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The Complete Adventures of Feluda (Part 1) – Satyajit Ray (Book)

The Complete Adventures of Feluda (Part 1) – Satyajit Ray.

Surprisingly, I have (had) read quite a few “on” Satyajit Ray but never one “by” him so far. Blame the availability in the book stores or getting my Kindle too late or may be too few Bengali friends around 😉 whatever it may be! Till, I praised Agatha Christie’s and Arthur Conan Doyle’s works in front of a Hardcore Patriot, that I had read recently finished and also showed him what all I had from them. He just said one thing which got me thinking big time that “You are one of those quite a few Indians who haven’t been to Leh – Laddakh but praise Grand Canyon to no end”, and I was like “Whats the point dude?”. It took me quite a while to actually decode (You see I am no Feluda) but when I got the point, I vowed to not to read a Christie ever till I finish “Feluda” completely. To my shock, amazement and ashamed confession – I even had the first of the two book series already on my Kindle which I picked I guess quite a while ago when it was being sold at a paltry 99/-. But as a true Satyajit Ray fan I have already got the second of the series too, all thanks to a friend who almost has every book that I can think of or at least he can source one at the drop of a hat 🙂 (You know who you are and I love you for that). And am I glad? WHOA! I am super happy to have come across these gems, guys! If you haven’t read these yet, you have no idea what you have missed. Although Satyajit Ray claims to have written them for children but no ways, these are too good to be ignored by adults or for that matter anyone who loves thrillers. Supremely clean of Violence, Blood and Gore stuff, it doesn’t even have a female character in any of the stories – just imagine.

The Author himself is a huge fan of Sherlock Holmes and he mentioned the same at the very start in the opening note that he has read all Sherlock Holmes stories when he was a kid himself and the inspiration is quite evident. Not only that I will even say that his works are not in league with Doyle or Christie but the audience that he was catering to, seeing from that angle I can very well say they are not only fantastic but mind-blowing with ample of comic moments to keep one not only engrossed but happy too. The three main characters in all stories are Feluda (The Detective, real name Pradosh C Mitter), his side kick Topshe (Watson, real name Tapeshranjan Mitter – Cousin) and the hilarious Lalmohan Babu without which no story goes any further, who happens to be a B grade thriller writer who writes under the pseudonym “Jatayu”, gets all his plots from Feluda and Topshe’s adventures. The Adventure stories are written from the perspective of Topshe (a teenager) who sees it all happening in front of his eyes as his cousin Feluda not only takes him and us on the thrilling rides but makes him understand it all too. Among-st the three lead characters my favorite will always be Jatayu, the way he cracks the situation up is simply amazing and always had me in splits, may it be the way he screws it all up or the way he talks, the use of words, his vocabulary which keeps getting better with time and so much more. And of-course my favorite story will always be “The Golden Fortress” not only because I have seen the movie and I could visualize it all but because the way the entire chase and sequence is written that too with Rajasthan as background is simply superb.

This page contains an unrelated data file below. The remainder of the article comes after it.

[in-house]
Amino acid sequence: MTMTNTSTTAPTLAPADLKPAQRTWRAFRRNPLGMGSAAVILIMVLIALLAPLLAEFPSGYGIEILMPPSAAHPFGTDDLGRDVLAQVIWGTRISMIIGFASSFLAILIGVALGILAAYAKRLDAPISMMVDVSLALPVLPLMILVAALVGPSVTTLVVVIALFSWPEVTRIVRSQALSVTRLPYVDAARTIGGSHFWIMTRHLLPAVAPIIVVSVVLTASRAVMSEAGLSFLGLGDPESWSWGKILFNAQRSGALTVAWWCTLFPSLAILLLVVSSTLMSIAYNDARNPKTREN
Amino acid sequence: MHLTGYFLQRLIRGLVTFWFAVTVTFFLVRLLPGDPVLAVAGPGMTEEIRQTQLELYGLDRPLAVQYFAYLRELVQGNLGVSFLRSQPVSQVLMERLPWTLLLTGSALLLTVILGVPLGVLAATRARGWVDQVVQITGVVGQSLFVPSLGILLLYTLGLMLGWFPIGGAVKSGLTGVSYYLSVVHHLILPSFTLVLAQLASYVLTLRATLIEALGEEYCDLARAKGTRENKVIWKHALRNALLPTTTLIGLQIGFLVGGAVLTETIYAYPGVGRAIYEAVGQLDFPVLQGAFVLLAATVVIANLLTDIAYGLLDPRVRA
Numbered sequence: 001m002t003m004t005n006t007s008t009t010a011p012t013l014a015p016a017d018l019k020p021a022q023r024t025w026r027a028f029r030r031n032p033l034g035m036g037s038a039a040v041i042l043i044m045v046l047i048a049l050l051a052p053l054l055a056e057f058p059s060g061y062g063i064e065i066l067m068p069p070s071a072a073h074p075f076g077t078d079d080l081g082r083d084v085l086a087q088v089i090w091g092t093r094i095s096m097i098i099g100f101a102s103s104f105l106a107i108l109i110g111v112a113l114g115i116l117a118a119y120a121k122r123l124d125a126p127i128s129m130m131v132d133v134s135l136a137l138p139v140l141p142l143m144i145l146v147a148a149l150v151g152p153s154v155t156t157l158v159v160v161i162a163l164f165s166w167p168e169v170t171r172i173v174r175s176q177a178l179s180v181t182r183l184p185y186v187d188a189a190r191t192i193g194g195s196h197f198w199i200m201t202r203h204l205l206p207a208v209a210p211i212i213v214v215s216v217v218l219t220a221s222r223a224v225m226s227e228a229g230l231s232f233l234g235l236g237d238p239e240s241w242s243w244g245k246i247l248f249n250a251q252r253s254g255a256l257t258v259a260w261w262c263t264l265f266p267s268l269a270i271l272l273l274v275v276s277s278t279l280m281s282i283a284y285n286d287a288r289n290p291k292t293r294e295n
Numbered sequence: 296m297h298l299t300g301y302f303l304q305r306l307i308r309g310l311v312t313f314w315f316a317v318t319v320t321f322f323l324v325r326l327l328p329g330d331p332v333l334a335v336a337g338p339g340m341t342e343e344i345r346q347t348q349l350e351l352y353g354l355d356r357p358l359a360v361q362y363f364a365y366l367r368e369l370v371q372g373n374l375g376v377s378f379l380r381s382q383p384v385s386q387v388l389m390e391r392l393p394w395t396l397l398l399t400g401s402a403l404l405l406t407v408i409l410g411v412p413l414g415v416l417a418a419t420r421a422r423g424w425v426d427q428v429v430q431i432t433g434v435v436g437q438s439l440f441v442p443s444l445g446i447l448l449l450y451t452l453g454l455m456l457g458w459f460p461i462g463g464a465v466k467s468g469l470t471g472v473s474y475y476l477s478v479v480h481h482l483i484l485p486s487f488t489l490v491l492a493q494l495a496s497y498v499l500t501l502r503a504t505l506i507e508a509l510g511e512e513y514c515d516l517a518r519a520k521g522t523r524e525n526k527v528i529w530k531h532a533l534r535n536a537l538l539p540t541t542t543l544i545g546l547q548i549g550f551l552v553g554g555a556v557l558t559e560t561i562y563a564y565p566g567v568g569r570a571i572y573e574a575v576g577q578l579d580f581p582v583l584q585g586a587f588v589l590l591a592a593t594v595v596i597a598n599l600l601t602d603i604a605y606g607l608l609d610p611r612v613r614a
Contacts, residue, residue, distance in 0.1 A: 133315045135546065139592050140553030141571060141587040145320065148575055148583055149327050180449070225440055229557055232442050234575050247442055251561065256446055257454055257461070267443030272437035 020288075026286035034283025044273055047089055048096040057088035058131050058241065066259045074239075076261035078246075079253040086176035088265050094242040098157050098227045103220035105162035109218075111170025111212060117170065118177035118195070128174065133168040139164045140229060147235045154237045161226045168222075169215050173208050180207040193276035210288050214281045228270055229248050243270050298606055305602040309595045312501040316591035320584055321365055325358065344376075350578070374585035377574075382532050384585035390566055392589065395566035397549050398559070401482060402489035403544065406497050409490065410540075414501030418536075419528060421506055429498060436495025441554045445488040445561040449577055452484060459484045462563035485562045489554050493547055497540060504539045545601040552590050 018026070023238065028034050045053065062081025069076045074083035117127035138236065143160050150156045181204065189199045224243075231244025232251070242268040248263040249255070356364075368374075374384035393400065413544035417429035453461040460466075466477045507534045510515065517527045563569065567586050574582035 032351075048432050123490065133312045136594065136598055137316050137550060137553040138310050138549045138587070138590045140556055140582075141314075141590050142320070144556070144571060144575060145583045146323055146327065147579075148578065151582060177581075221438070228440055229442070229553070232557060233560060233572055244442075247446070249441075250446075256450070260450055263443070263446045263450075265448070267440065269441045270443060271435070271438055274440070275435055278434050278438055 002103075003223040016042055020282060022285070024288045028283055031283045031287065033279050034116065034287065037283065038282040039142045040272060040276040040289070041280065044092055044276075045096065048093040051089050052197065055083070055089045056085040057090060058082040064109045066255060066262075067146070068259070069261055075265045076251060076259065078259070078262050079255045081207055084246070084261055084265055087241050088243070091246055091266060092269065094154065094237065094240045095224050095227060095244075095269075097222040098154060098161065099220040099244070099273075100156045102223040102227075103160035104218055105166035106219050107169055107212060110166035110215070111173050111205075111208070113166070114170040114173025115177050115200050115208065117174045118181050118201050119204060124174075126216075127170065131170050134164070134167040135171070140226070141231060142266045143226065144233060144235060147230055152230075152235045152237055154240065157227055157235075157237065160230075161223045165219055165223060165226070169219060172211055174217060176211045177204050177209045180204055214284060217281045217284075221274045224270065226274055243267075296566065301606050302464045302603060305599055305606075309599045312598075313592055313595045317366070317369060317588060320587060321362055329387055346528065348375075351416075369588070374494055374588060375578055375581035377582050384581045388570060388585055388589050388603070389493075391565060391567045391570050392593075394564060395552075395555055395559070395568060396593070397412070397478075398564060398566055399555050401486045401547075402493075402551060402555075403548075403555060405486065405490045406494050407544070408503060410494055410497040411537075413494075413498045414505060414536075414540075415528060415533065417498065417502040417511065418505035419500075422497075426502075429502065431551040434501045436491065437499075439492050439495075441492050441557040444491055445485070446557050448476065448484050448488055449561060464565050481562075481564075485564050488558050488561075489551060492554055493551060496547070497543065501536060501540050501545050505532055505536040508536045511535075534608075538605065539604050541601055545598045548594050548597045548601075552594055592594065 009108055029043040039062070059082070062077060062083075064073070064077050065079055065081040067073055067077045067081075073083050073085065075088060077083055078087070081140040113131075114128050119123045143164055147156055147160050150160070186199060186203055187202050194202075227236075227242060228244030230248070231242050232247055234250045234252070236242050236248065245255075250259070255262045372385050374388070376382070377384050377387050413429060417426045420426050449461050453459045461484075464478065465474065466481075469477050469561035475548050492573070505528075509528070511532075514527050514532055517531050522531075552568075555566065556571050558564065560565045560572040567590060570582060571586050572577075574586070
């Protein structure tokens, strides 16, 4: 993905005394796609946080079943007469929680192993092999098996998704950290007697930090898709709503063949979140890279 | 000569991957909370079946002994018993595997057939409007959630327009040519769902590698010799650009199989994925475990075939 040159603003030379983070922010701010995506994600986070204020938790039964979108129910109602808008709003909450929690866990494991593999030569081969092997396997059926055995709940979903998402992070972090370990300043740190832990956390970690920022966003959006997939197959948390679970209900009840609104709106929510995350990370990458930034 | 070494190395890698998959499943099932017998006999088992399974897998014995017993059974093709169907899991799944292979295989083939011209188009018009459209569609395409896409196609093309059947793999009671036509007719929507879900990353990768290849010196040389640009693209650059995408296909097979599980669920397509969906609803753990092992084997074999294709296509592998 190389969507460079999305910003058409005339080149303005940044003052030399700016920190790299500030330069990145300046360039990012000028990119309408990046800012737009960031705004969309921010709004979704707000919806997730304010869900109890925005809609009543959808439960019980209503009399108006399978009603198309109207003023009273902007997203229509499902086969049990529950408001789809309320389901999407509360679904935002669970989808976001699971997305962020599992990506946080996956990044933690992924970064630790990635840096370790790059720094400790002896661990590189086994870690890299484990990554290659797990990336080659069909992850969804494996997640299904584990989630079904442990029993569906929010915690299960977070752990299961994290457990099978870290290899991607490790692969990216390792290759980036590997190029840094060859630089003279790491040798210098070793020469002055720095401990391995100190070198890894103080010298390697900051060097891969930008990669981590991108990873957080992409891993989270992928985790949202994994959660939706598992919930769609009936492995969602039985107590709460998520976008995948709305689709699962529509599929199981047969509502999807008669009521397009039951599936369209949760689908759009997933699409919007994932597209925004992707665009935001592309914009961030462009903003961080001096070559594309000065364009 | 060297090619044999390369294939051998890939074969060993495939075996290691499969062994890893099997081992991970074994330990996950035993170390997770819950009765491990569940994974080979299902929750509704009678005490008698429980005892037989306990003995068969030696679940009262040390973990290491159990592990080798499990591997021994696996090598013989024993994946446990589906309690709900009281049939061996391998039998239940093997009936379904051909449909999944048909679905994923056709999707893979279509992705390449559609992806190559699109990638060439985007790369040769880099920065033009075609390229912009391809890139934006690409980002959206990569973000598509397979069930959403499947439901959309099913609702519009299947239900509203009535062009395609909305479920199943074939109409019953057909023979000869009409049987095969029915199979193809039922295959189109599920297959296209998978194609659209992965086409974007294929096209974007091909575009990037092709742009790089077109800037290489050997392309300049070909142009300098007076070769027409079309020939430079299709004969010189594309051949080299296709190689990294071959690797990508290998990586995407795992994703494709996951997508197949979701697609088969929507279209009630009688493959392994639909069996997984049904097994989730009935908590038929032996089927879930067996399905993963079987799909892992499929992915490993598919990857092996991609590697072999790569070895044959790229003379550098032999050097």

In all its a huge collection of Fifteen stories each almost equally good. What is more outstanding is the way he has covered not only Bengal but the other cities and states like Rajasthan, Assam and even Bombay in the stories is superb. They are always travelling, either on a Train, or an Airplane or later half on Jatayu’s new acquired car that he buys from his books selling so well :). Solving the cases of Emperor’s Ring (a ring from Mughal Era) to solving the cases of Bandits of Bombay, Feluda gets to do it all and in style. From the bylanes of Calcutta to Mumbai, Benares, Lucknow, Gangtok, Darjeeling, Jaisalmer and even on moving trains. How Feluda starts from a mid 20’s inexperienced unknown guy next door to a full-fledged very well known Detective almost all across is the book all about. His body language, mannerisms, book that he reads, movies that he watches and what not is simply amazing. For some reason young Satyajit Ray’s face kept coming in front of my eyes as I kept reading the Feluda stories. One thing I missed in these stories may be in the first part is that they don’t go out of India anywhere. Who knows, may be in the next they get to go out, I so much wished that Feluda at-least gets to go to England once :).

If you have read Feluda’s adventures, do let know how you liked them but if you haven’t, you exactly know what to do now. As I move on eagerly to the second part to see if Feluda goes out and solves some International cases too. 

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